In terms of big sales, Metallica has always beaten Megadeth to the punch. Both bands spent the early part of the '80s as cult favorites among suburban teens. In 1988 Metallica's album ...And Justice for All reached No. 6 on the Billboard charts, while Megadeth's release that year (Peace Sells... But Who's Buying?) reached only No. 28. In 1991 Metallica debuted at No. 1. The next year Megadeth's Countdown to Extinction reached No. 2.
As Megadeth grew more successful, Mustaine turned to heroin and gained a reputation in the music industry as an erratic, foul-tempered rock star. He fired two of the band's original members and replaced them just before recording So Far, So Good... So What?, which was released in 1988 and went gold. In 1990 Mustaine was arrested for impaired driving and entered a twelve-step program. He emerged clean and sober but no less cantankerous. The two band members he had just hired were promptly fired and replaced. In 1993 Megadeth toured as the opening act for Aerosmith, but Mustaine's unpleasant behavior got the band kicked off the bill.
What some might call nastiness, Mustaine calls honesty. "I have this really horrible reputation as a really bad dude," he admits. "But some have misconstrued that with when they try and manipulate me and I say 'No.' Or they try and make us do their will, and we don't do it. Very few people have ever really caught shit from me."
In fact, the singer is quite soft-spoken and occasionally reveals a childlike enthusiasm for his band and its recent success. He hopes to make a good impression on people while visiting radio stations to promote the album.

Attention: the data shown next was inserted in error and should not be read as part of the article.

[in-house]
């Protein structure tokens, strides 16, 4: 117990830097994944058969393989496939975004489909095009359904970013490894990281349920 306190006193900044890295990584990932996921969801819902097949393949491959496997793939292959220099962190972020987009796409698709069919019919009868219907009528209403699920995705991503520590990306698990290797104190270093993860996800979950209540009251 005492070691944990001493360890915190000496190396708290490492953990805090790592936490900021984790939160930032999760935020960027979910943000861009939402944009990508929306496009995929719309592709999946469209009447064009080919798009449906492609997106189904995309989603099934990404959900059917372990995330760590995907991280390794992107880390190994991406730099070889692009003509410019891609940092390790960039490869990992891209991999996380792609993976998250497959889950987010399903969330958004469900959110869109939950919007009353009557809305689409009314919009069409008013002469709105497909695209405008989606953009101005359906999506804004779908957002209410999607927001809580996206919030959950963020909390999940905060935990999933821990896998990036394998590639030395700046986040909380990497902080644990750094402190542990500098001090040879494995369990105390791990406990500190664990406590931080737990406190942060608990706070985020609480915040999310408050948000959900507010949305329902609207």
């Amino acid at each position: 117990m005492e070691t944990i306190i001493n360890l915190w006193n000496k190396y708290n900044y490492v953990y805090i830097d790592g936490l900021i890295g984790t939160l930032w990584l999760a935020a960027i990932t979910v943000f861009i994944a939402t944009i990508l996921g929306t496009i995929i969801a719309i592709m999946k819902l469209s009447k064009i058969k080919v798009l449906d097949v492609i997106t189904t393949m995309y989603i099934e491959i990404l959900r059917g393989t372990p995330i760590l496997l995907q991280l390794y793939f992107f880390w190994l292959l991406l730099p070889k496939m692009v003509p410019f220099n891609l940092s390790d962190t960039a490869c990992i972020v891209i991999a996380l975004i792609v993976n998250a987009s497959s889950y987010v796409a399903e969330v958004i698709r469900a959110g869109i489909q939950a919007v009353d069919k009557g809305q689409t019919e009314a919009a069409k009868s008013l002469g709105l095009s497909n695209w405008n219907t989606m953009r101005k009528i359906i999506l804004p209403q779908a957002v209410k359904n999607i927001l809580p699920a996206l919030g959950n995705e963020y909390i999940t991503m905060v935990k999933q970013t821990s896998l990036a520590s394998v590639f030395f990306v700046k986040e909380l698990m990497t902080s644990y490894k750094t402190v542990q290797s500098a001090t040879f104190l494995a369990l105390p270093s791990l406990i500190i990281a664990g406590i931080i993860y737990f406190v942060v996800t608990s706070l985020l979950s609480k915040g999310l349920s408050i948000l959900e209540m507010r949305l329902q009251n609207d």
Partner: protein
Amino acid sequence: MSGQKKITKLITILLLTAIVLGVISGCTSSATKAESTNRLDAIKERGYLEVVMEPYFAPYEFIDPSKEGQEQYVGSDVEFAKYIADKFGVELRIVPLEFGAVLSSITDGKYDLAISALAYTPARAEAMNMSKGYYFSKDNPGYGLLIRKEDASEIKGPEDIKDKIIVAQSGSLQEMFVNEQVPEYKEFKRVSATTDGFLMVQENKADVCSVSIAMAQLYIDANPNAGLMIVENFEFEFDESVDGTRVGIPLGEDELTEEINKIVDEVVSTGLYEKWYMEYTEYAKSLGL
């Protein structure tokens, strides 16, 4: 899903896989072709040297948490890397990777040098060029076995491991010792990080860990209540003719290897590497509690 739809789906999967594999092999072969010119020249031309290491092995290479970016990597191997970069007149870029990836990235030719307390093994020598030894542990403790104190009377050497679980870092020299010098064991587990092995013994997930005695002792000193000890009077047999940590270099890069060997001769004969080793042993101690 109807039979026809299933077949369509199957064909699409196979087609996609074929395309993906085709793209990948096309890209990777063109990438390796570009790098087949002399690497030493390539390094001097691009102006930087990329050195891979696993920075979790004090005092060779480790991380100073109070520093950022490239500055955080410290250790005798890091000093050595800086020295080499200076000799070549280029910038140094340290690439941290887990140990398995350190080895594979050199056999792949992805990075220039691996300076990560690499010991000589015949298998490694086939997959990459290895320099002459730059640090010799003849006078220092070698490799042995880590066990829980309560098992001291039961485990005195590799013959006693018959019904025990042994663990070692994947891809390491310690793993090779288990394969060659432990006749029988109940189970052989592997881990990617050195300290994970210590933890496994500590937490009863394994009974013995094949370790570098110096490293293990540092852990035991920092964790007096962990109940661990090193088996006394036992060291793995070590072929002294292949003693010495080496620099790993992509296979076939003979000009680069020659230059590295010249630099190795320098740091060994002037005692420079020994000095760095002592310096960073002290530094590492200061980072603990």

"I don't want to sound biased, but there's a buzz on the band because of the coolness of the band, because of the way we treat people at radio," Mustaine posits. "We don't make ourselves unavailable to anybody. If you've got two ears, we'll talk to you. If you've got electricity, we'll play there."
But even the "new" Dave Mustaine doesn't always play nice. Asked to respond to the perennial rumor that he might reunite with Metallica, Mustaine groans, "Do I have to?" When pressed, he simply says, "I have no idea."
Mustaine would rather discuss more philosophical matters, such as the expected life span of his band. Someday, he says, Megadeth will end.
"I think that's part of the whole integrity thing," he states. "That goes along with being who I am. I wouldn't say 'Oh man, you know, we're gonna go forever!' If it's not fun, we're stopping."
He continues, "Y'know, there's a lot of bands out there. I think that Ozzy is a really unbelievable frontman. I think Iron Maiden is a fantastic live band. I think the Stones have an incredible live show, and I think U2 is probably one of the best rock bands playing in the live arena. But when I get to their age, if I can't compete at that level, I'm outta here. If I have to start wearing Depends, see ya."
Megadeth performs with Coal Chamber and Life of Agony at 7 p.m. on Sunday, March 29 at the Theater, 3339 N. Federal Hwy., Fort Lauderdale. Call 954-565-5522.